Adobe Hack Update: 38 Million Accounts Compromised Instead of 3 Million
Early last month, Adobe came under siege and the large company reported that somewhere around 3 million accounts were compromised. In their investigations, however, they have found that nearly 40 million accounts were compromised instead.
During the attack, customer IDs and passwords were exposed as well as encrypted credit cards, expiration dates and login information.
According to Adobe, until the investigations started, they were simply not aware that the damage was so widespread and, until recently, only required the 3 or so million accounts to reset their passwords. Since it was discovered that nearly ten times that many accounts were compromised, Adobe has responded with that many more reset requests to users. Some of the users were not active and had cancelled their subscriptions, but since Adobe keeps their information on file in case they wish to renew, they too will receive emails.
The hackers also acquired passwords to invalid accounts and test accounts, which accounted for a better part of a million affected accounts. However, Adobe has not finished their investigations into how many suspended and inactive accounts were affected, and the company continues to work day in and day out to finish their search. New emails alerting businesses and personal users alike go out each and every day.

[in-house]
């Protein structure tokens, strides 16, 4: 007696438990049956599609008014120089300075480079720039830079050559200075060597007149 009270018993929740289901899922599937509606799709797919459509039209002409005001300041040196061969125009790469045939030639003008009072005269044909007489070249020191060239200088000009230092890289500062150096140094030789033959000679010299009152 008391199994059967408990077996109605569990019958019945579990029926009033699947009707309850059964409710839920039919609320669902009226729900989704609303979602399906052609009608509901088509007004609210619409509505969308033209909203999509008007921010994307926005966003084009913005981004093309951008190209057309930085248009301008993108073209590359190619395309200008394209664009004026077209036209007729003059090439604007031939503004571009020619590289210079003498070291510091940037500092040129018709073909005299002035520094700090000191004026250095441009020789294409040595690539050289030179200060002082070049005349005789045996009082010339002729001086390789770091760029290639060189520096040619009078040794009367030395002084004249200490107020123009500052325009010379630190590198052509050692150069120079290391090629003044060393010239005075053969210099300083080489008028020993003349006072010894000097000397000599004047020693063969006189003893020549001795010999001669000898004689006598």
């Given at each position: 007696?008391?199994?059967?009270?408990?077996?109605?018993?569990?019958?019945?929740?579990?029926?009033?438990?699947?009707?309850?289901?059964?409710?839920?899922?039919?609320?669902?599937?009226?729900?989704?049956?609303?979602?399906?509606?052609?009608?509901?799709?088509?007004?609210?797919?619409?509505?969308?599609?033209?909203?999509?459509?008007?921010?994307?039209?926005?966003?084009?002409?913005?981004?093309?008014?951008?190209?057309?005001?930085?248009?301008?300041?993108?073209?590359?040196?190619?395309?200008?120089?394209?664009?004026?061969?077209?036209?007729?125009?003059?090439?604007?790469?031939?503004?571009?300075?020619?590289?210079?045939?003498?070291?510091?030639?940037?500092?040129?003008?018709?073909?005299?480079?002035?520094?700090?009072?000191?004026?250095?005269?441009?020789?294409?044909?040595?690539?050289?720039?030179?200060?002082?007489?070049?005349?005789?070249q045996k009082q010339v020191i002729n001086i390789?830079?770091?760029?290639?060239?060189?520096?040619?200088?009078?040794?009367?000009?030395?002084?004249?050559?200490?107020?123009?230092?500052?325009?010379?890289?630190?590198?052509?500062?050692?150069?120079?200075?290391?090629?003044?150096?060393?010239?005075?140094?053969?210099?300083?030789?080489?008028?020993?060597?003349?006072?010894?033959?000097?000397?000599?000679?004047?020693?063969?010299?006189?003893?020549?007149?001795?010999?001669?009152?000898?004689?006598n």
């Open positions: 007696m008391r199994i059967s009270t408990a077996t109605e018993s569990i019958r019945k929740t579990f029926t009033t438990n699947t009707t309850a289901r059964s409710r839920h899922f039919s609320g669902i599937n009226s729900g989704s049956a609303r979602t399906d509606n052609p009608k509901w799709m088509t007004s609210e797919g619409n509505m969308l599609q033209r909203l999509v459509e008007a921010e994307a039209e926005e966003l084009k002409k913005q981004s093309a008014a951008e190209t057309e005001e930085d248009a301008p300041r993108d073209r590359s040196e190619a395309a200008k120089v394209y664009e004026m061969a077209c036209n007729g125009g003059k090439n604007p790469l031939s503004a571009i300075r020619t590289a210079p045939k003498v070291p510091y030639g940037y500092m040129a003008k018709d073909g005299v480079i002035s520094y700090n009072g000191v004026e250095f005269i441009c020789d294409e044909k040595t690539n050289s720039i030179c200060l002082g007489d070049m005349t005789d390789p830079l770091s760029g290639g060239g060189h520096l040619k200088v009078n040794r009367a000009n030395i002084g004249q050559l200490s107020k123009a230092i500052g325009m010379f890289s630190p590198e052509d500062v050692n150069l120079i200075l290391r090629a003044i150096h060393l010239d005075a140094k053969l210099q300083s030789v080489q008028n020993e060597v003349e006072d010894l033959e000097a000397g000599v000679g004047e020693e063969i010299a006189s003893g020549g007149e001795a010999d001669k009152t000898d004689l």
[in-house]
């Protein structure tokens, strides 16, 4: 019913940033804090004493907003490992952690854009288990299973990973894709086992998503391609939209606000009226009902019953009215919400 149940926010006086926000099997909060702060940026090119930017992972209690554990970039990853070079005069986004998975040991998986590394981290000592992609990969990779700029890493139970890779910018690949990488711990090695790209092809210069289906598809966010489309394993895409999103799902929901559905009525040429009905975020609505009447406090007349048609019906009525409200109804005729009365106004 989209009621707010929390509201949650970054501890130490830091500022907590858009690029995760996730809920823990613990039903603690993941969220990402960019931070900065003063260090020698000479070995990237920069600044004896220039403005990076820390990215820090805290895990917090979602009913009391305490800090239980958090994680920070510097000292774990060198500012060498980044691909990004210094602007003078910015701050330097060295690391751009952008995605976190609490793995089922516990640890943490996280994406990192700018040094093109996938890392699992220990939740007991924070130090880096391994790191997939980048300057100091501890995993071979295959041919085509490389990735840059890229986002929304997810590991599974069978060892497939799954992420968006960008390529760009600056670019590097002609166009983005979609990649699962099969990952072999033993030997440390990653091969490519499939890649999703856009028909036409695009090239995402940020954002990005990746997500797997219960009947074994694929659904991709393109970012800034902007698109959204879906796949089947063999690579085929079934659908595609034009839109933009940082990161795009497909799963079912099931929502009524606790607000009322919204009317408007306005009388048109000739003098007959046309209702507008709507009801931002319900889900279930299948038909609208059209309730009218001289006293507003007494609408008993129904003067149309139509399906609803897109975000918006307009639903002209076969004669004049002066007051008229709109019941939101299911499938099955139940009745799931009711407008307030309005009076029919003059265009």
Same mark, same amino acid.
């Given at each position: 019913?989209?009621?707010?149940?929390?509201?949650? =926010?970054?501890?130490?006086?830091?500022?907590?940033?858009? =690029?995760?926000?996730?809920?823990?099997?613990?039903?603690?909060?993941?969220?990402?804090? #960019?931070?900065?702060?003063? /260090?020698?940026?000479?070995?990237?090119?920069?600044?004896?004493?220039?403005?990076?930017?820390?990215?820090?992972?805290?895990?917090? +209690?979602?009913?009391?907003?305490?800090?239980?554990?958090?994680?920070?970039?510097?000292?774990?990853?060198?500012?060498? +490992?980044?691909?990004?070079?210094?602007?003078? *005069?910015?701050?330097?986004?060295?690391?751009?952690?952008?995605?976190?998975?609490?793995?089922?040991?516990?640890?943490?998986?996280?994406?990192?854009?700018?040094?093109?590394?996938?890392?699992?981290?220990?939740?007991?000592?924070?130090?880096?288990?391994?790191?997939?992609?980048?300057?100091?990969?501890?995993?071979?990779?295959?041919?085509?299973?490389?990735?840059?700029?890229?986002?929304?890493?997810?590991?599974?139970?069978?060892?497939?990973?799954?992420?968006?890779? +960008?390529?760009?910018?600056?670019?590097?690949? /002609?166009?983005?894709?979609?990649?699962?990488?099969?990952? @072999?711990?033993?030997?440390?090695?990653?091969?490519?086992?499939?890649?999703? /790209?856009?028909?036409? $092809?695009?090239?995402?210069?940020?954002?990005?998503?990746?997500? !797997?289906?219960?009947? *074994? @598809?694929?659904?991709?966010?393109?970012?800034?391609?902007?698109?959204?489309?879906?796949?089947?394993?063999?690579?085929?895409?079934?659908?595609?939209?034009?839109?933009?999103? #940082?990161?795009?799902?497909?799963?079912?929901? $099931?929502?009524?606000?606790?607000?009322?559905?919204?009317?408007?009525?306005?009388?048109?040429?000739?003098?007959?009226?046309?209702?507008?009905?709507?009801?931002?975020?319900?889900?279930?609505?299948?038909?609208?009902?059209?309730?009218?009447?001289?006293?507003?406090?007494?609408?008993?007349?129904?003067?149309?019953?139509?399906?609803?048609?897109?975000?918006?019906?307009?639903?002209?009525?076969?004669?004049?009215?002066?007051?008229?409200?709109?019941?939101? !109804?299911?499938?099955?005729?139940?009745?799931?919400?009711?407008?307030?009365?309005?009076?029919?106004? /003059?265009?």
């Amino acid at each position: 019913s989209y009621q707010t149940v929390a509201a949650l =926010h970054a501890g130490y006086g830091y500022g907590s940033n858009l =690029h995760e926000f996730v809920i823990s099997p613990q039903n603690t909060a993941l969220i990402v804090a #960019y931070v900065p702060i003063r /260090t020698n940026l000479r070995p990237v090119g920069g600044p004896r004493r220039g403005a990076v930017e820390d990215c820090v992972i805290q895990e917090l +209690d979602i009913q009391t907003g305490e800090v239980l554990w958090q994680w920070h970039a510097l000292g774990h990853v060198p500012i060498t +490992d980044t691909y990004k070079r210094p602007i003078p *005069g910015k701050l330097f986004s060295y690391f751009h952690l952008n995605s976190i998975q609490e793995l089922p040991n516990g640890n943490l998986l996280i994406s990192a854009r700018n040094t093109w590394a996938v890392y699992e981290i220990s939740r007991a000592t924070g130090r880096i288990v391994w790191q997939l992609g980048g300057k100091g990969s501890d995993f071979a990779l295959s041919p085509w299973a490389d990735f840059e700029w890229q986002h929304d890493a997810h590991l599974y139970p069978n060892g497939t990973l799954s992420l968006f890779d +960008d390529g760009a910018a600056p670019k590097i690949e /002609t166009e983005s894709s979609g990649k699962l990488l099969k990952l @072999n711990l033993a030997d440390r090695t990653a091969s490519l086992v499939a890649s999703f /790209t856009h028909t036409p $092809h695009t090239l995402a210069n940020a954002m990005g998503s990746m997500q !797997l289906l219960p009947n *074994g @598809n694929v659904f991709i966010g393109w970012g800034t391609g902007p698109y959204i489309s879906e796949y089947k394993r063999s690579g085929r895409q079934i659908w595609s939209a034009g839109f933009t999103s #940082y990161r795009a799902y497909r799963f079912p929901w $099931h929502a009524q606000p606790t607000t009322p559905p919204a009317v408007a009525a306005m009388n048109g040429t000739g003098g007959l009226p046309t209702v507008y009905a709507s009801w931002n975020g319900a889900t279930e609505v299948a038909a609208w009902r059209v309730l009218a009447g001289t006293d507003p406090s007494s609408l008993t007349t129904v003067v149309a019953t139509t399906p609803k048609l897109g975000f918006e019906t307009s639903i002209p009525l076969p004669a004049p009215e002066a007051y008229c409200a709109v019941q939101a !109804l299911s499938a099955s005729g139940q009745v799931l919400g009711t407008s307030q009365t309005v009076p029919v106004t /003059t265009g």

So far, the company says they have not received any reports of unauthorized use of any Adobe account since the hack, however, which the company believes is due in part to their efforts to reset accounts and passwords that were stolen.
Adobe had this to say when they initially found out about the hack:
“Our investigation currently indicates that the attackers accessed Adobe customer IDs and encrypted passwords on our systems. We also believe the attackers removed from our systems certain information relating to 2.9 million Adobe customers, including customer names, encrypted credit or debit card numbers, expiration dates, and other information relating to customer orders. At this time, we do not believe the attackers removed decrypted credit or debit card numbers from our systems.”
For more information and instructions on how to change your password and user ID if you haven’t received an email, you can visit Adobe’s security alert located here. Note that the company advises you change the password for all of your Adobe services if you use the same one (EchoSign, Behance, TypeKit, Marketing Cloud, and Connect Pro). All password resets are done through adobe.com/go/passwordreset and any email telling you otherwise is a phishing attempt, states the company.